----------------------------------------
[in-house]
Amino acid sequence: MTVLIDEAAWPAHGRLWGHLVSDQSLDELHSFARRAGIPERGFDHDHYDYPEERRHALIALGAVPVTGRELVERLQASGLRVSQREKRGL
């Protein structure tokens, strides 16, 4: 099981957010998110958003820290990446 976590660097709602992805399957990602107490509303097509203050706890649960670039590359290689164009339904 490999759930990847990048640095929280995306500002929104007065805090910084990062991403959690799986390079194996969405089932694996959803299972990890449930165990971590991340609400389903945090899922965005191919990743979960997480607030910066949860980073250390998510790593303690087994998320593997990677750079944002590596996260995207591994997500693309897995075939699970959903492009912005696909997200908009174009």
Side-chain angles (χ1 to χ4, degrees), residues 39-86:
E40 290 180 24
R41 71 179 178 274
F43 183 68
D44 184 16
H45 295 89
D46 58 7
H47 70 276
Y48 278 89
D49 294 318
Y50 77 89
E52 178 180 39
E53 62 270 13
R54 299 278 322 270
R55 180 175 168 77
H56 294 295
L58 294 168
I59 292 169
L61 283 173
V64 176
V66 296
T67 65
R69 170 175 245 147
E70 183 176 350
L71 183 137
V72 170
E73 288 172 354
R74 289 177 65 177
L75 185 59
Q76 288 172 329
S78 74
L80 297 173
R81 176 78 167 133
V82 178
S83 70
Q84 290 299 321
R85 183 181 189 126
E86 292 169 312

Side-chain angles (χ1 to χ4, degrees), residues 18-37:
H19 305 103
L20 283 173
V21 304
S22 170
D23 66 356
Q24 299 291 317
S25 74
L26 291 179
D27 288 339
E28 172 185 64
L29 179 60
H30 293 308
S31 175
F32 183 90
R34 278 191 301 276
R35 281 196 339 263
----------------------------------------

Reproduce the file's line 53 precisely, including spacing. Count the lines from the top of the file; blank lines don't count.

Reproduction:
L29 179 60